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Ministry of Agriculture Allotment & Garden Guide

Allotment and Garden Guide December 1945 page 2

Click image for
facsimile of page 2

December 1945

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Ministry of Agriculture
Allotment & Garden Guides Index

January 1945

February 1945

March 1945

April 1945

May 1945

June 1945

July 1945

August 1945

September 1945

October 1945

November 1945

December 1945

The Allotment DVD
The delights of having an allotment. 15 programmes as seen on ITV. Suit new and established growers. Seasonal guide, top gardening tips, fascinating food facts and insights into what's really in those sheds! 

THE ALLOTMENT SERIES was first shown on ITV 1 West

Allotments UK and other related allotment links



   The weather is always with us to grouse about, and 1945 was on the whole a poor year. In the first place we got away to a bad start. The Januarys of 1940 and 1945 were among the coldest of the last half century, and those o f us who put off doing things before Christmas were less inclined to do anything for a long time afterwards. The beginning of leafthe year's offensive we far too long delayed on many allotments, with the result that the "diggers" were for ever trying to catch up on the jobs to be done and seldom succeeded, and the soil lacked the weathering influence that benefits land dug during winter.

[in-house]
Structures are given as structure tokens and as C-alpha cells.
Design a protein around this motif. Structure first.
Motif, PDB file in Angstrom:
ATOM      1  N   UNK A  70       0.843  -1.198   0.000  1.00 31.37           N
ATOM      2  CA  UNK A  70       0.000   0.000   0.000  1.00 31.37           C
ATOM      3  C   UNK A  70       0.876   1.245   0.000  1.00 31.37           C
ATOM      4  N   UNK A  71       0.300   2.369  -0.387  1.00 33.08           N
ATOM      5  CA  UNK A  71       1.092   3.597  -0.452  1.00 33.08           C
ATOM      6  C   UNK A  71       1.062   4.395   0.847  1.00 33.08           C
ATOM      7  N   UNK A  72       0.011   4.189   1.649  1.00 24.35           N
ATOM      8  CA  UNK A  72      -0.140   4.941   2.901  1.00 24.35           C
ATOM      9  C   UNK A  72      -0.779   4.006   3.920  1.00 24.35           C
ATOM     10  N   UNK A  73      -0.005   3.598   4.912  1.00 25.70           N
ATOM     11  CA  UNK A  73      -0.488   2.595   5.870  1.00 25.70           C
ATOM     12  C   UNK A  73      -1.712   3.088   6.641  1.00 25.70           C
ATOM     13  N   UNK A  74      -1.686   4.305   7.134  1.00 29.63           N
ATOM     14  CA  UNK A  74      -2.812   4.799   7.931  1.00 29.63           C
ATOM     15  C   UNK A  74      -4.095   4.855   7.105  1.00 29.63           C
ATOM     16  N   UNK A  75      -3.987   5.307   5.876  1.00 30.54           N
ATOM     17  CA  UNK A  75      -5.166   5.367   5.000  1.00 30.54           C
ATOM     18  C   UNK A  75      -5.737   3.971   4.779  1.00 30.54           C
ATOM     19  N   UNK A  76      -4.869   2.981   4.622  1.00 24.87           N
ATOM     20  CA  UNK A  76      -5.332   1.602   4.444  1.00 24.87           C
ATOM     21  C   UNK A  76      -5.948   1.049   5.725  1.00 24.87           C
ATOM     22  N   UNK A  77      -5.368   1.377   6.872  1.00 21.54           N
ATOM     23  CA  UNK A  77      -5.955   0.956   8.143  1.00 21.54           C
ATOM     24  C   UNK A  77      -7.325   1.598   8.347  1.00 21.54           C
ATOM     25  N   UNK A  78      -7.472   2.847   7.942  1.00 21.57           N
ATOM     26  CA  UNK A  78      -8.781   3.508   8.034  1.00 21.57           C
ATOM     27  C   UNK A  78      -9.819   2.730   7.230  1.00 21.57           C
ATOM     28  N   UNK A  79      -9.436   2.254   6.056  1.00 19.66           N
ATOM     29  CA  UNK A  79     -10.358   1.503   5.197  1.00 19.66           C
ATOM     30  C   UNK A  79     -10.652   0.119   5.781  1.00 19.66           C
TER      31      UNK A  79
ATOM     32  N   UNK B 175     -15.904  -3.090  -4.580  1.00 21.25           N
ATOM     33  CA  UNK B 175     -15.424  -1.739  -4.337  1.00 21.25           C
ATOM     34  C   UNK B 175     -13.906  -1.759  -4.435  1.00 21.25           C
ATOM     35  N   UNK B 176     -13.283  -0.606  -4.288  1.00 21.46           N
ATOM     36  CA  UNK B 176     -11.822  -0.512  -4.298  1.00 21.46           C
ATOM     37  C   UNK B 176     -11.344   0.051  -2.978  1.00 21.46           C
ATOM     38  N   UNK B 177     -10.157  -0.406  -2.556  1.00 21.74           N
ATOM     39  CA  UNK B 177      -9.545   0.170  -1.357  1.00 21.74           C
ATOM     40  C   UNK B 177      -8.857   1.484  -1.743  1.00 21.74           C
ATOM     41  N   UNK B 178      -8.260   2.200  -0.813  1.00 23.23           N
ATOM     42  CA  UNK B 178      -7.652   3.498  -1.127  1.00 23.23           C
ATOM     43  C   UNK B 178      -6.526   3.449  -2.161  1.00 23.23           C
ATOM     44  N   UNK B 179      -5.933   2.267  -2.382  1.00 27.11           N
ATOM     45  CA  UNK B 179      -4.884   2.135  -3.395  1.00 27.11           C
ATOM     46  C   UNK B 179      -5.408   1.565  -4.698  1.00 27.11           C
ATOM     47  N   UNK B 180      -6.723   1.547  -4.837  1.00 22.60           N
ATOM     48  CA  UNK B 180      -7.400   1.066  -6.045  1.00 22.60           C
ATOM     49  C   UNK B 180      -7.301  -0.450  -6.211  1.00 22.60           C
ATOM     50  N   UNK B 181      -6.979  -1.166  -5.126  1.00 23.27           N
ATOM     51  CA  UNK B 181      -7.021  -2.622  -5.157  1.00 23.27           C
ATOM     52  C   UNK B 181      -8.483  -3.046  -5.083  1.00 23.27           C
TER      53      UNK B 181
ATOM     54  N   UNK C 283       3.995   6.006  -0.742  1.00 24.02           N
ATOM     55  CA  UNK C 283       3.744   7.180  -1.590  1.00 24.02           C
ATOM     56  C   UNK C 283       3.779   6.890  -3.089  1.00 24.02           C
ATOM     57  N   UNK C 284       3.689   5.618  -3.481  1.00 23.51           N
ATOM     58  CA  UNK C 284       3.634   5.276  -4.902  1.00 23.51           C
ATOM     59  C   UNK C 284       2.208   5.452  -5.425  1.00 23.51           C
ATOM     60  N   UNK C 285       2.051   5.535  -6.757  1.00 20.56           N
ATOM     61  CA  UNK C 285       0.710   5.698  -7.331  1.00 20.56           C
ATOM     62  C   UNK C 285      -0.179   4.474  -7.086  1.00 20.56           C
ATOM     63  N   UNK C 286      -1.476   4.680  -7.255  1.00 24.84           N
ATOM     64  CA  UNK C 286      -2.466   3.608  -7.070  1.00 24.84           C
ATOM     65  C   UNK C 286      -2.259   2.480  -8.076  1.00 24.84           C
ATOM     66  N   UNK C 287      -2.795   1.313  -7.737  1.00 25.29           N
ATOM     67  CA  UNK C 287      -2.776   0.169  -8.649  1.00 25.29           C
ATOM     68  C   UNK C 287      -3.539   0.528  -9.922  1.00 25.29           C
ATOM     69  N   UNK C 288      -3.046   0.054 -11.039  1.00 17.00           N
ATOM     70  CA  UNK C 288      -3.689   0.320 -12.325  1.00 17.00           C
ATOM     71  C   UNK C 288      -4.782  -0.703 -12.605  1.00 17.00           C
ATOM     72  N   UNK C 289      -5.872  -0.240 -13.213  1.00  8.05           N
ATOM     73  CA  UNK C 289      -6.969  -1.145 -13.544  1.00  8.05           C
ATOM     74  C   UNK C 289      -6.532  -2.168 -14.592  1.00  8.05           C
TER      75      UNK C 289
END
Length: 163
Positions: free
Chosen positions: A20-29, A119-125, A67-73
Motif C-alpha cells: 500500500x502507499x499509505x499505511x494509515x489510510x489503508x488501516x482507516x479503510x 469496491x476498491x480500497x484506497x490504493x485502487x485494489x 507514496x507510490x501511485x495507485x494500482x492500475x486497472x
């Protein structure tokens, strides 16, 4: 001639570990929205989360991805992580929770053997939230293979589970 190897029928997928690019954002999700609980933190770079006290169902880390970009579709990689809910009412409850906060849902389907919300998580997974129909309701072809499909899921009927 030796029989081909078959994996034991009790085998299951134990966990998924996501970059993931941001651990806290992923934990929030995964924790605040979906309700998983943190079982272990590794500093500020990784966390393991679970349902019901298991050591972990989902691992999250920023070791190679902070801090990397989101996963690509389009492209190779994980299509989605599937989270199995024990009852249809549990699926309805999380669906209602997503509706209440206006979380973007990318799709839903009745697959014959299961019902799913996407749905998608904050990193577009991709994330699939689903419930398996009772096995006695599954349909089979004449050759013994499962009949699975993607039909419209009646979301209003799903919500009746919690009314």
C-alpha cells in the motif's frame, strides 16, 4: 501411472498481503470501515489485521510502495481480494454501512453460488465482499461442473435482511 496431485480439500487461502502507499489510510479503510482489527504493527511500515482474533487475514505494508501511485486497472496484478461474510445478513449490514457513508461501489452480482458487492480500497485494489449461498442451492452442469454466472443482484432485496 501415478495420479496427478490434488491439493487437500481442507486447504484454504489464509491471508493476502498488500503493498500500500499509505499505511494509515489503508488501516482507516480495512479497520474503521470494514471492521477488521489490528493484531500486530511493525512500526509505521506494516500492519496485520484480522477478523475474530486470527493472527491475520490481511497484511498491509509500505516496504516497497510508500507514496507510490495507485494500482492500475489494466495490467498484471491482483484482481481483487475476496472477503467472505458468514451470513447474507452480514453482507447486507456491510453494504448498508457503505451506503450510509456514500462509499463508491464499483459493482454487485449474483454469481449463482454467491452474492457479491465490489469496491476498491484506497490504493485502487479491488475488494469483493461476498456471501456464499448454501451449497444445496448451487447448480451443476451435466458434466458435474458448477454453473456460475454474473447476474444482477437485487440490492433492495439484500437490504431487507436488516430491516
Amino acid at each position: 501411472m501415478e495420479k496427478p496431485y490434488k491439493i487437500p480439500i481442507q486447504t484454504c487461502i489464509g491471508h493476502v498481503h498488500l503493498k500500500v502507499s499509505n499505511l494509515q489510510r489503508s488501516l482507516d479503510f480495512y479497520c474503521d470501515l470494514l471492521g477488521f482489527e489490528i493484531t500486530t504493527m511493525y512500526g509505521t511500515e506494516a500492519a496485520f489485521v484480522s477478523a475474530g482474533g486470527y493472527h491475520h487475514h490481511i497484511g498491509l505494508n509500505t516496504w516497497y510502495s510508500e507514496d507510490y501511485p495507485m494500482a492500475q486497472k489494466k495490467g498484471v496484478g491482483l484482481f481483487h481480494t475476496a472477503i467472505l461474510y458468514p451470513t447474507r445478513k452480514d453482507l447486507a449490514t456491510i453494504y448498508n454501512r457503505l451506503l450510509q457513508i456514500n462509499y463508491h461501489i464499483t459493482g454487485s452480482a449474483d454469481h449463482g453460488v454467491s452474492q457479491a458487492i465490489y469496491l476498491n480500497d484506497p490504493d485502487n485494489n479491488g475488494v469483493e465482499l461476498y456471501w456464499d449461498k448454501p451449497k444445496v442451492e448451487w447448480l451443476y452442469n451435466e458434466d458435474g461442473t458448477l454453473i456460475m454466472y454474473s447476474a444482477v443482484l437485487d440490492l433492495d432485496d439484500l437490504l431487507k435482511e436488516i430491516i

Too much train, not enough sun—that was 1945. Tomatoes loomed large in the minds of most of our gardeners. They were late in most places owing to the lack of ripening sun, and numerous were the enquiries for hints on speeding up ripening. Some people had trouble with their runners : the flowers would not set. In built-up areas there were no bees to do the job of pollination and some allotment holders were unable to give the flowers the fine misty spraying that could have helped. Or it may have been that watering, where possible, was irregular and the land dried out too quickly, which was a trouble on the Ministry's own demonstration allotments in Hyde Park. On some plots marrows suddenly died off and there was little that could be done about that.leaf
   No doubt owing to the American "invasion" of this country many gardeners became much interested in sweet corn, and there were complaints about delayed ripening. On the Ministry's own plots, however, which are by no means ideal, the variety "John Innes Hybrid," which is early maturing, did well and aroused much interest. The various herbs grown there also came in for attention and later on there is a note on this subject.


 Ministry of Agriculture demonstration garden 

 But perhaps the subject that was most often raised by visitors to the Ministry's plots was pests and diseases. Greenfly and blackfly, of course, are nearly always with us and occasioned many enquiries, but the "cabbage White" butterfly cameleaf in for the most vituperation. The Ministry's woman demonstrator reports that one Sunday morning in a Sussex cottage she picked about fifty caterpillars off the walls upstairs and downstairs, and that a cabbage filed nearby was "skeletonised" in groups. We read that ninety-nine years ago passengers on a cross-Channel boat found the sun obscured for hundreds of yards by a cloud of this pest flying from France to England. This year their descendants must have come in even greater numbers, and only those gardeners who took prompt action by spraying and hand-picking managed to save their green crops, especially the Brussels, from being turned into skeletons.


drawing of cabbage white butterflies invading Britain in 1945